byte of data to host rtsg in this packet.  The eighth and nineth lines show 
  that host csam sends two bytes of urgent, pushed data to rtsg.

  UDP Packets

  The UDP format is illustrated by the following rwho packet:

       actinide.who > broadcast.who: udp 84

  This line of output indicates that port who on host actinide sent a UDP
  datagram to port who on host broadcast, the Internet broadcast address.
  The packet contained 84 bytes of user data.

  Some UDP services are recognized (from the source or destination port num-
  ber) and the higher level protocol information printed.  In particular,
  Domain Name service requests (RFC 1034 and RFC 1035) and Sun RPC calls (RFC
  1050) to NFS.

 UDP Name Server Requests

  The following description assumes familiarity with the Domain Service pro-
  tocol described in RFC-1035.

  Name server requests are formatted as follows:

       src > dst: id op? flags qtype qclass name (len)

  For example:

       h2opolo.1538 > helios.domain: 3+ A? ucbvax.berkeley.edu. (37)

  Host h2opolo queried the domain server on host helios for an address record
  (qtype=A) associated with the name ucbvax.berkeley.edu. The query ID was 3.
  The plus sign (+) indicates the recursion desired flag was set.  The query
  length was 37 bytes, not including the UDP and IP protocol headers.  The
  query operation was the normal one, Query, so the op field was omitted.  If
  the op field had been anything else, it would have been printed between the
  3 and the plus sign (+).  Similarly, the qclass was the normal one, C_IN,
  and omitted.  Any other qclass would have been printed immediately after
  the A.

  A following anomalies are checked and may result in extra fields enclosed
  in square brackets:

    o  If a query contains an answer, name server or authority section,
       ancount, nscount, or arcount are printed as [na], [nn] or  [nau] where
       n is the appropriate count.

    o  If any of the response bits are set (AA, RA or rcode) or any of the
       `must be zero' bits are set in bytes and 3, [b2&3=x] is printed, where
       x is the hex value of header bytes 2 and 3.

  UDP Name Server Responses

  Name server responses are formatted as follows:

       src > dst:  id op rcode flags a/n/au type class data (len)

  For example:

       helios.domain > h2opolo.1538: 3 3/3/7 A 128.32.137.3 (273)
       helios.domain > h2opolo.1537: 2 NXDomain* 0/1/0 (97)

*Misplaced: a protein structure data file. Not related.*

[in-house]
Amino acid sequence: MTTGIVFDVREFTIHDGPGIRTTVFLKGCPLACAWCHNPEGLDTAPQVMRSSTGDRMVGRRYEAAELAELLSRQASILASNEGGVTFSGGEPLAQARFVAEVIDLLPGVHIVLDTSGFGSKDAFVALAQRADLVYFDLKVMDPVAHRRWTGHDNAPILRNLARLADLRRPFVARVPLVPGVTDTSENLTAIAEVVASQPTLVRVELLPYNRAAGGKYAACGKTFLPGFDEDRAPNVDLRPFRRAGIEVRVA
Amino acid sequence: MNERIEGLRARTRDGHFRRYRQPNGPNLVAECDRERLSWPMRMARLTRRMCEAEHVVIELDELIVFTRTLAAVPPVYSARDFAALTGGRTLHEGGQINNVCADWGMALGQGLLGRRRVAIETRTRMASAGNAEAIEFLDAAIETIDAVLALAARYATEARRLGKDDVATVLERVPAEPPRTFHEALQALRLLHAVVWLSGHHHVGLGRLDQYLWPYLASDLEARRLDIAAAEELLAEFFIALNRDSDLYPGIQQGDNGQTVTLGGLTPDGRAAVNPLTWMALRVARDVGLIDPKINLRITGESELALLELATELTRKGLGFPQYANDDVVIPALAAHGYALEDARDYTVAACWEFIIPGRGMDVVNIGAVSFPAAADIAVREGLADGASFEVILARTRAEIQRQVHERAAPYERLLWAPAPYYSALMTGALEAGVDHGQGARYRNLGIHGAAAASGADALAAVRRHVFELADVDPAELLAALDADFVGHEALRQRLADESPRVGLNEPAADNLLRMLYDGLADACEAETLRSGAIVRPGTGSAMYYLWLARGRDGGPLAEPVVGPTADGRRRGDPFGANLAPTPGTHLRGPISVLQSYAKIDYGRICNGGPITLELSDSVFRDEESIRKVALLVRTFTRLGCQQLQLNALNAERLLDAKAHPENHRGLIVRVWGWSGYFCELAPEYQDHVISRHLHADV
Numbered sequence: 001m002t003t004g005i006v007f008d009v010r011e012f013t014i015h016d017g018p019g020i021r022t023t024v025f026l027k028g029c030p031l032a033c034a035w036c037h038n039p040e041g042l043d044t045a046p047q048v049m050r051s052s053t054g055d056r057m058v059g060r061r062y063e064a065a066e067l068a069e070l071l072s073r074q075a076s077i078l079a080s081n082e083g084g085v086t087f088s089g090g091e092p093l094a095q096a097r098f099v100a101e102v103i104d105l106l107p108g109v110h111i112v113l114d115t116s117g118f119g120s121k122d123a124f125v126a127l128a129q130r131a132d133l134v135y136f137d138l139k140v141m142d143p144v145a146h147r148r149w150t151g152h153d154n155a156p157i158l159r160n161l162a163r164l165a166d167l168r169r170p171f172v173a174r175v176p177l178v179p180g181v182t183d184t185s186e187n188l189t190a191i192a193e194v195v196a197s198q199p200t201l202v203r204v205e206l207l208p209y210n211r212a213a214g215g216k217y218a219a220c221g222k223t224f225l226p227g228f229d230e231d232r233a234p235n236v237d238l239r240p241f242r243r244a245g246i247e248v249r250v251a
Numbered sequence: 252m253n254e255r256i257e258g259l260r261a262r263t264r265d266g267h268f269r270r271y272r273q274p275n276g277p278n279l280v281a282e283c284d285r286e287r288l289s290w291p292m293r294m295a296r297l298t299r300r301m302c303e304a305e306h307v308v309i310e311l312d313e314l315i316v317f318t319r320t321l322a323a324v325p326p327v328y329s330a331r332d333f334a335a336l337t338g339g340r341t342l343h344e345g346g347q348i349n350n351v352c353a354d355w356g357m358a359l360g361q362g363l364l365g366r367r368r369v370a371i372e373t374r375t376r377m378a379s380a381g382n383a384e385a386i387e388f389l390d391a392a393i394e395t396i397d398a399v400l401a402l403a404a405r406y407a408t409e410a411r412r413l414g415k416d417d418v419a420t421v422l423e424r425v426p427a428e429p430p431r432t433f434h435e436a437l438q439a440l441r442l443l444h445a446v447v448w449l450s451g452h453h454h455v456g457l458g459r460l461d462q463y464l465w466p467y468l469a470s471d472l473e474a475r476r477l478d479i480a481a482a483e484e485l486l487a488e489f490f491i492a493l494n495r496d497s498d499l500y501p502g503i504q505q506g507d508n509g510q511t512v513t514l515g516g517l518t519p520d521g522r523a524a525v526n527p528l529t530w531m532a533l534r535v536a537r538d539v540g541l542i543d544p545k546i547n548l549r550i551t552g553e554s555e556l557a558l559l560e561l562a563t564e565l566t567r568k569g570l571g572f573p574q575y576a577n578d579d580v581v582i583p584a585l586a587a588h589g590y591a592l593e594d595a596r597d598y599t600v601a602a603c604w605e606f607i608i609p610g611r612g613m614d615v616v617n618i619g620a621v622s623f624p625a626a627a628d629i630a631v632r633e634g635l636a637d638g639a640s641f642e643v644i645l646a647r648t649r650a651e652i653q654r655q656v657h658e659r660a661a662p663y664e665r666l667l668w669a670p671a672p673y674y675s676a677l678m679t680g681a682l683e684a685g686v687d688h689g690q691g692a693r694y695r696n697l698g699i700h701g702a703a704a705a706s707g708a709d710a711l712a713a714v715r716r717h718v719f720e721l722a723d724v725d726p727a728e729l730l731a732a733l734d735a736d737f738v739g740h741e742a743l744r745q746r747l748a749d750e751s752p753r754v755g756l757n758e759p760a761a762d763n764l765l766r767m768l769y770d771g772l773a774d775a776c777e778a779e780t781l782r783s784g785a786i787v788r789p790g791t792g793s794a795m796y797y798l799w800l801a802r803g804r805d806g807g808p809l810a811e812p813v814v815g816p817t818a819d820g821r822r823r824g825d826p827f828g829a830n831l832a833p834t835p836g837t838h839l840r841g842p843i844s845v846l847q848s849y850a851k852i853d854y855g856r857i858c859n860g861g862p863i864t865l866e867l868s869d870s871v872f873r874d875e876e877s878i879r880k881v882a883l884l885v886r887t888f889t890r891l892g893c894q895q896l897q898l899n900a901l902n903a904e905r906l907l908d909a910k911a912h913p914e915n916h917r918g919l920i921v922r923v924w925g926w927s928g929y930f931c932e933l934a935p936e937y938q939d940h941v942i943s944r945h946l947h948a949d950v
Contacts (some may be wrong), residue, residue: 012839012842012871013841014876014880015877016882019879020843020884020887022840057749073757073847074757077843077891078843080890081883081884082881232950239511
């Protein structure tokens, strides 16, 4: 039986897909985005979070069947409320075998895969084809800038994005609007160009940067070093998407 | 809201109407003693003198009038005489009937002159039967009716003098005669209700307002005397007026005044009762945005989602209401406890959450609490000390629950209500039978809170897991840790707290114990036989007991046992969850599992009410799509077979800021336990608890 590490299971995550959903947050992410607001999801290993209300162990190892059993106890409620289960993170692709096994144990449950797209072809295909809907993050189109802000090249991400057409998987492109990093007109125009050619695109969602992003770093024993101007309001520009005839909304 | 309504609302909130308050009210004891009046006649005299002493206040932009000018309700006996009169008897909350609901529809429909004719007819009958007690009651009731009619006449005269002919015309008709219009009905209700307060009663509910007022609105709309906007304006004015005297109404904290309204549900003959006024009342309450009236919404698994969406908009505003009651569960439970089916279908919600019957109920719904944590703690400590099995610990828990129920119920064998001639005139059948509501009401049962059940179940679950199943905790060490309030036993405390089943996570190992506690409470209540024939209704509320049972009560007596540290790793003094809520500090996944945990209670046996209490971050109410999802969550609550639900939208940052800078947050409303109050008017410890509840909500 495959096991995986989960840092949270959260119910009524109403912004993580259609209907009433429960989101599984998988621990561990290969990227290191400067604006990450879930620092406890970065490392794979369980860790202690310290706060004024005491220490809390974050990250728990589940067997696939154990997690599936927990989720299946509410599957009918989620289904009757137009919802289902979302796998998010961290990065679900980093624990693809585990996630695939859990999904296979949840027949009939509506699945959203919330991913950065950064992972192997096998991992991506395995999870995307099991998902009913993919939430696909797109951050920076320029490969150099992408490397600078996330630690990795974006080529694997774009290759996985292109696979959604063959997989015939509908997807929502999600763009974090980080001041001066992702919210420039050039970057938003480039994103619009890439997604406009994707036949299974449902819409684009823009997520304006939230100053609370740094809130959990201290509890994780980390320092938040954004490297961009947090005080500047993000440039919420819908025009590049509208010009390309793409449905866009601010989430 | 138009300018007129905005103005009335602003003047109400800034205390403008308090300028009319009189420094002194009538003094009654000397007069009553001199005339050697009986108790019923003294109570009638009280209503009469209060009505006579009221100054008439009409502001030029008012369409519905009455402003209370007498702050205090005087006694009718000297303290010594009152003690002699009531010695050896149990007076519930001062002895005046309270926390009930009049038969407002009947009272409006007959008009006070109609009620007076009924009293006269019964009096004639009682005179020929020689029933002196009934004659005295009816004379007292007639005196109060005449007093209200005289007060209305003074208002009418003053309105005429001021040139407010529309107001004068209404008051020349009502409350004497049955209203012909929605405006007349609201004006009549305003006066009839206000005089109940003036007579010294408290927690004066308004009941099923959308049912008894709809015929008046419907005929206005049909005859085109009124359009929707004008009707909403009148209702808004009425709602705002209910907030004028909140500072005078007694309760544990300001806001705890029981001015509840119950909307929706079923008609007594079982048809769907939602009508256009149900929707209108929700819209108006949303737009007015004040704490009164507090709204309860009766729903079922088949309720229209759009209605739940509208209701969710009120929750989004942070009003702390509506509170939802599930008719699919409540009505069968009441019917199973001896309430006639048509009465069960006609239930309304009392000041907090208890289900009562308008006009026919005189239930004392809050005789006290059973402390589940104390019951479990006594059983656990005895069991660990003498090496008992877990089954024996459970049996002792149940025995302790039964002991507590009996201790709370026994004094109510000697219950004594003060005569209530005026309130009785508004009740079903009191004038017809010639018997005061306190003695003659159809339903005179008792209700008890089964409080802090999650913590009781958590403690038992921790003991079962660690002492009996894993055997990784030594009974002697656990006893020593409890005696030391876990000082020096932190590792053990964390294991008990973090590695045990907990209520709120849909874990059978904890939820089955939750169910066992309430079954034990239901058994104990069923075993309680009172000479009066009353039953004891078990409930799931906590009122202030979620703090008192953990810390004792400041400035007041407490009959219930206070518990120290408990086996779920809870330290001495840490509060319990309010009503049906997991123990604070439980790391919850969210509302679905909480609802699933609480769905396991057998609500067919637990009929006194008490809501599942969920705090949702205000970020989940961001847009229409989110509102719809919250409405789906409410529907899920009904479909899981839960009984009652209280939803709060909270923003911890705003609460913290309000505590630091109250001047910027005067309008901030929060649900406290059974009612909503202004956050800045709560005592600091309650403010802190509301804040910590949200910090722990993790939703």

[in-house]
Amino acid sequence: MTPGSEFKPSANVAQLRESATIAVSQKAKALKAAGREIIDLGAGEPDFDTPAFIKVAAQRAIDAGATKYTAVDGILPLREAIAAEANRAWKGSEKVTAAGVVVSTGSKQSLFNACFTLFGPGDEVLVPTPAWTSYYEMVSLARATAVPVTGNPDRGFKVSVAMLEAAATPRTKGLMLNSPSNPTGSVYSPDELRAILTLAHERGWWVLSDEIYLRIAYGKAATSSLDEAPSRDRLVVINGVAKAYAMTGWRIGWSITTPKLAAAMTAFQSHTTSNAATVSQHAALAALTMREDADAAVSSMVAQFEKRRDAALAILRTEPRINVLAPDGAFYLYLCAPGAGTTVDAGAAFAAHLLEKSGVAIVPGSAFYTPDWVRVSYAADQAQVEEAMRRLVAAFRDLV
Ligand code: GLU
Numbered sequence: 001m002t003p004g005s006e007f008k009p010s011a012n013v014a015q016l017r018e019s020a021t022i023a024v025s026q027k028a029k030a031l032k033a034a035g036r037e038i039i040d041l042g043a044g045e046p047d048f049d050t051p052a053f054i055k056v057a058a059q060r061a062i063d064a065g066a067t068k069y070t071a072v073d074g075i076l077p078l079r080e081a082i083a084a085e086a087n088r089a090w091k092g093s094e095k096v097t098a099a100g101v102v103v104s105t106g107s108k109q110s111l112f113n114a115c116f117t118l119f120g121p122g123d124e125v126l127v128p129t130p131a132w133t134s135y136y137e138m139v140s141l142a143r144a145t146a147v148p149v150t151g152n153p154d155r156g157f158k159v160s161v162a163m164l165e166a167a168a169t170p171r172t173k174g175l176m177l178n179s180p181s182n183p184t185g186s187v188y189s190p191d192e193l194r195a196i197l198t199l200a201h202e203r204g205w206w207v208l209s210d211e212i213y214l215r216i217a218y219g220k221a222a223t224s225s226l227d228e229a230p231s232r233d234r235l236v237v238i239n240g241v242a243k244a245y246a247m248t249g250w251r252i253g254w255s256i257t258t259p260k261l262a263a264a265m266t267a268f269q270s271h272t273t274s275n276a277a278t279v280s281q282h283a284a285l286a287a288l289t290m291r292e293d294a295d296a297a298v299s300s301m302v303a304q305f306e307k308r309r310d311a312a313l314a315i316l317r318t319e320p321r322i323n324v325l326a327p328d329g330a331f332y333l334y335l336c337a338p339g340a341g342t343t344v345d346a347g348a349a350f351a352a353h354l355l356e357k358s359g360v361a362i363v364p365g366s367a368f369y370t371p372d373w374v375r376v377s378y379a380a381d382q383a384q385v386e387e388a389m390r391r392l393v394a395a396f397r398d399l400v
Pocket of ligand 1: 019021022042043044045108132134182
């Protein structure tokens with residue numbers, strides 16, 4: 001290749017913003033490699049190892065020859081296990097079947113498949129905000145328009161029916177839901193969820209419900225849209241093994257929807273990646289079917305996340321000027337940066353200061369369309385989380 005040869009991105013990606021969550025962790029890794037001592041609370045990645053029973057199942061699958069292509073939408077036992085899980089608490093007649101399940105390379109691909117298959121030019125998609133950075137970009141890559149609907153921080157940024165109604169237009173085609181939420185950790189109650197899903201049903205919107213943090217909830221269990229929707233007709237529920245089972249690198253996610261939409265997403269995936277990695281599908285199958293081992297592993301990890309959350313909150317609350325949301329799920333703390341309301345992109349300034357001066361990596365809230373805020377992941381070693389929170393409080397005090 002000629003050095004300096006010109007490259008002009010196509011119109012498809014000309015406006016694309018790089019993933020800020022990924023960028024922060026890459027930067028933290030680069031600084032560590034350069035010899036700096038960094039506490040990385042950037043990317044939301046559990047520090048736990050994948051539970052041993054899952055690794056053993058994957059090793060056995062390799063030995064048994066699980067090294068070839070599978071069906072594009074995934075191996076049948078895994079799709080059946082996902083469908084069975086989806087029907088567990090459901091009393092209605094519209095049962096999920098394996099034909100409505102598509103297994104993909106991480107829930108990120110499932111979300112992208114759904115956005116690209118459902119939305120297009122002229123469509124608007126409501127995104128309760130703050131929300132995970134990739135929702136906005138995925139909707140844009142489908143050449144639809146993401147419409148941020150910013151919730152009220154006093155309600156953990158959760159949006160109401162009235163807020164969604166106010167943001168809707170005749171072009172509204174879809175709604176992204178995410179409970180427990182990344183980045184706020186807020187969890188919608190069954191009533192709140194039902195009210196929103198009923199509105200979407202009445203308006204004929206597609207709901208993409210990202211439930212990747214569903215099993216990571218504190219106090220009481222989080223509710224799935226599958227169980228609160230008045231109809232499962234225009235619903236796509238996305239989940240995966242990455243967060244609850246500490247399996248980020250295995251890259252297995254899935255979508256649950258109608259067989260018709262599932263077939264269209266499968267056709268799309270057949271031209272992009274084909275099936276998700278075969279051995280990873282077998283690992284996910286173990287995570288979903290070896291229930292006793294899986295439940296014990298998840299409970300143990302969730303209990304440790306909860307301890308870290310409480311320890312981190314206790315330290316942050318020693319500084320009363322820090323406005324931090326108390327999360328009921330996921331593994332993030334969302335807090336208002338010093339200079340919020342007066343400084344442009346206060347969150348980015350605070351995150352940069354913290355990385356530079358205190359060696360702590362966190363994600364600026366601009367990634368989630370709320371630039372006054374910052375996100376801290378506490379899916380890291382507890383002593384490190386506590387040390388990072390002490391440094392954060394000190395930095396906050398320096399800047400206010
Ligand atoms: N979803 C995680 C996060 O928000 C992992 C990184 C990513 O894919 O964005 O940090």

In the first example, host helios responds to query ID 3 from host h2opolo
  with 3 answer records, 3 name server records, and 7 authority records.  The
  first answer record is type A (address) and its data is Internet address
  128.32.137.3.  The total size of the response is 273 bytes, excluding UDP
  and IP headers.  The op (Query) and response code (NoError) are omitted, as
  is the class (C_IN) of the A record.
      
  In the second example, host helios responds to query 2 with a response code
  of nonexistent domain (NXDomain) with no answers, one name server and no
  authority records.  The asterisk (*) indicates that the authoritative
  answer bit is set.  Since there are no answers, no type, class or data are
  printed.
  Note that name server requests and responses tend to be large, and the
  default value of snaplen, 96 bytes,  may not capture enough of the packet
  to print.  Use the -s flag to increase the snaplen if you need to seriously
  investigate name server traffic.

  NFS Requests and Replies

  NFS requests and replies are printed as follows:
      
      src.xid > dst.nfs: len op args
      src.nfs > dst.xid: reply stat len op results

  For example:

      sushi.6709 > wrl.nfs: 112 readlink fh 21,24/10.731657119
      wrl.nfs > sushi.6709: reply ok 40 readlink "../var"
      sushi.201b > wrl.nfs:
              144 lookup fh 9,74/4096.6878 "xcolors"
      wrl.nfs > sushi.201b:
              reply ok 128 lookup fh 9,74/4134.3150

  In the first line, host sushi sends a transaction with ID 6709 to host wrl
  (the number following the src host is a transaction ID, not the source
  port).  The request was 112 bytes, excluding the UDP and IP headers.  The
  operation was a readlink (read symbolic link) on file handle (fh)